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The Drake Passage: Sail or Fly-the-Drake. Which is Better and Why?

To “Fly the Drake or Sail the Drake?” That is the question!  

A Dramatic Arrival in Antarctica: Sailing into Hope Bay.
A Dramatic Arrival in Antarctica: Sailing into Hope Bay.

Let’s try to answer the question, keeping in mind that due to new availability, ultimately, it is a personal choice.  But drilling down – rather than jumping to conclusions – I will assist you in making the best choice for you.  (And, yes, I understand that fear is usually generated through the unknown and rumor, but it is also very real and to be respected!)

Having been on expeditions in Antarctica six times and on all sorts of ships, from converted ferries to modified cruise ships, to true expedition ships, I have never experienced a “Fly the Drake” expedition, but I will be next week with Silversea’s Silver Endeavour. 

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Minke Whale
Minke Whale

But first, some background!

The first words uttered by many when speaking of Antarctica are “The Drake Passage.” Oh, the weight of myths and legends!  This “fear of The Drake” phenomenon was created through a history of wooden sailing vessels that spent many days, if not weeks, bobbing in the southern oceans and, in doing so, at times – especially during the southern hemisphere winter and autumn months – may have encountered terrible storms and seas.  

To be fair, The Drake Passage has had its way with some modern-day vessels, usually research-related – almost always sailing during seasons other than the Antarctic summer.  But there are some limited exceptions…and in the case of at least one cruise line that recently entered into the pseudo-expedition business, some serious misinformation. (But that is for another story!)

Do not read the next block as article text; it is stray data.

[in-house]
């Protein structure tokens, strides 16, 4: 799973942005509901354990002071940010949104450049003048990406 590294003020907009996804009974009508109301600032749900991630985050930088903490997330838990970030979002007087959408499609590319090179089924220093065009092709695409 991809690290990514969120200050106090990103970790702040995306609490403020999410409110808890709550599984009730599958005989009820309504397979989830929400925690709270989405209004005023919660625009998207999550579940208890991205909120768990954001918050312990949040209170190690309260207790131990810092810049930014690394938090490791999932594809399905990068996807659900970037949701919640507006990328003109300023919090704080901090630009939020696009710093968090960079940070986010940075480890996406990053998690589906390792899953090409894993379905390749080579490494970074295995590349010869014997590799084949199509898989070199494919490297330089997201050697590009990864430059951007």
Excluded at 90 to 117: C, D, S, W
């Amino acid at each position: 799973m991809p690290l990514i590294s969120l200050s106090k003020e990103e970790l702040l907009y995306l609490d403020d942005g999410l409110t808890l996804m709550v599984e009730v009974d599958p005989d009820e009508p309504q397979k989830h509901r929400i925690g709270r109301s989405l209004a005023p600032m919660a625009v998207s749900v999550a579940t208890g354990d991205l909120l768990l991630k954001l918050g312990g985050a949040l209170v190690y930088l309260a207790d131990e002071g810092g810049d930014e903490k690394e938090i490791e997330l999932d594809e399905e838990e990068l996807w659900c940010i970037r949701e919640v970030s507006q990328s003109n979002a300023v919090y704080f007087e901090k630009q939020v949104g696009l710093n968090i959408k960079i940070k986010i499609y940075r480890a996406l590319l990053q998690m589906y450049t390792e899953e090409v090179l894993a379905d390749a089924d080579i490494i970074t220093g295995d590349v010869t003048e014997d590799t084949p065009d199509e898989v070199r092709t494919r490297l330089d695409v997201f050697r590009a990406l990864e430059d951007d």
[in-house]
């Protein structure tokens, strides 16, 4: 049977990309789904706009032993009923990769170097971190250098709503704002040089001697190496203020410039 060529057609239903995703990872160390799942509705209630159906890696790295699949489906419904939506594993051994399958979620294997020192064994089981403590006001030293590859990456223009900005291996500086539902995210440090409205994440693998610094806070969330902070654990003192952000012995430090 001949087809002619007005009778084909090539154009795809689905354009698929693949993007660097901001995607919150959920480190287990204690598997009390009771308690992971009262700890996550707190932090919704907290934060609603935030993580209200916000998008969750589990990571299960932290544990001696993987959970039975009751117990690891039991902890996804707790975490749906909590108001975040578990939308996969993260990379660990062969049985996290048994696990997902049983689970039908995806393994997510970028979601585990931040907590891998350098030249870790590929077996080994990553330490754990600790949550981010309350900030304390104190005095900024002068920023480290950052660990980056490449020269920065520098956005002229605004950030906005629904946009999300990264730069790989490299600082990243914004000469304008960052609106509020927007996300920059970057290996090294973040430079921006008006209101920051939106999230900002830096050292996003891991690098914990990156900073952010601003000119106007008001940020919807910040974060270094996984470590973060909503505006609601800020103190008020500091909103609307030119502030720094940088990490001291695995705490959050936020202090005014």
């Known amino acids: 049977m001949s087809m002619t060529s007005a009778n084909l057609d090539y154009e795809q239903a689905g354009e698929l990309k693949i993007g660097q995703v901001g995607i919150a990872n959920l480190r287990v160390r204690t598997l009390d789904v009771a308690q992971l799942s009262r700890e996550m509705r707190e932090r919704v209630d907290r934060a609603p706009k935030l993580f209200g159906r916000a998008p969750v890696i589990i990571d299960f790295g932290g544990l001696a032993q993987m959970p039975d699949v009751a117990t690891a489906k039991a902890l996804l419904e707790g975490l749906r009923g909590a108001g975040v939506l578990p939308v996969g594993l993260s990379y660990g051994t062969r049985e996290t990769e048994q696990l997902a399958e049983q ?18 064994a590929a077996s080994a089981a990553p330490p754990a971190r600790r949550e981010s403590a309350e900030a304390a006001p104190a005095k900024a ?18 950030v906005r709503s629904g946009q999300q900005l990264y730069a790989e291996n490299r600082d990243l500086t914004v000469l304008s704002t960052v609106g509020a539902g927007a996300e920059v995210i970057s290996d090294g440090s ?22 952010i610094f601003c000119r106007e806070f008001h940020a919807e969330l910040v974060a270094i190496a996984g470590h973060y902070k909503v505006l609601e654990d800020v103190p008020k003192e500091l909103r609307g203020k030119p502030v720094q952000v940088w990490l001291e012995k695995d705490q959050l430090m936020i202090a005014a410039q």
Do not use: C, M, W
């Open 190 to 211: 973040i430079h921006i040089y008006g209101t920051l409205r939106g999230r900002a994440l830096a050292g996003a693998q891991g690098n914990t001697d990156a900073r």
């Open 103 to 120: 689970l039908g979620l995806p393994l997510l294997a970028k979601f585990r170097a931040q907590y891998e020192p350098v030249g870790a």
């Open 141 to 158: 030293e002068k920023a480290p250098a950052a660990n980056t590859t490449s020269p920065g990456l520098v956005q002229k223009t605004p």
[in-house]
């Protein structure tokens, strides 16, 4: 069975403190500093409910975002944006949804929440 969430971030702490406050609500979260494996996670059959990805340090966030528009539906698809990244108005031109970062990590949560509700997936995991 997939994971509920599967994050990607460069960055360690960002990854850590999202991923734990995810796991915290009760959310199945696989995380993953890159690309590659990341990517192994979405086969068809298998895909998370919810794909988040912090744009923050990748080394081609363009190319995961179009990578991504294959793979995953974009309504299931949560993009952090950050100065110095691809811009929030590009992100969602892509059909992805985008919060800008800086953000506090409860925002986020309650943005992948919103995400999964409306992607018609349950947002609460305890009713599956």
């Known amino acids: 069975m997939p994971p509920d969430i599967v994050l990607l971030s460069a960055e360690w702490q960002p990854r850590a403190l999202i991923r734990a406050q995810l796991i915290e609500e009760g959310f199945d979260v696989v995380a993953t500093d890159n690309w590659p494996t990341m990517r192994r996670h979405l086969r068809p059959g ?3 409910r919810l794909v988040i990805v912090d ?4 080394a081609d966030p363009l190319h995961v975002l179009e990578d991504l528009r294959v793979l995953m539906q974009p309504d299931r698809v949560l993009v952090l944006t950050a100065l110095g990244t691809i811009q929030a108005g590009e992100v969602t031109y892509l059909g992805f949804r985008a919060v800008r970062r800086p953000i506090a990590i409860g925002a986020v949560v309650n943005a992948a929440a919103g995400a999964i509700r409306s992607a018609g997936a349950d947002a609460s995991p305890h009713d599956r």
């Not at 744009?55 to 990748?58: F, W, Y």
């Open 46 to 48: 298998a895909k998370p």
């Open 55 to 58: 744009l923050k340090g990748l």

Fairly Typical Seas Crossing the Drake Passage
Fairly Typical Seas Crossing the Drake Passage

On the other hand, the number of cruise and expedition ships crossing The Drake Passage has increased remarkably over the past decade; in fact, at a somewhat disturbing level.  It was not so long ago that when sailing in Antarctica, you would never see another ship, then it was a ship or two, but now you will see quite a few…including classic large cruise ships (doing a “sail by” with no landings). 

With technological advances, including publicly available apps such as Windy, fairly accurate forecasts of seas, winds, and storms allow for alterations of courses – whether it be to speed up, slow down, change direction, or even delay a bit – so that the most comfortable and efficient crossings can be had. We are not talking about sailing on “The Drake Lake” every time – and I have experienced that more than once! – but definitely better than days of old blindly sailing into rough seas.

With this increase in sailings – if the myths and legends were true – one would think there would be regular stories of terrible passages across The Drake. But, alas, they are far and few between…and most of the reported ones have seas that are no worse than one might encounter off the coast of Great Britain or the Caribbean.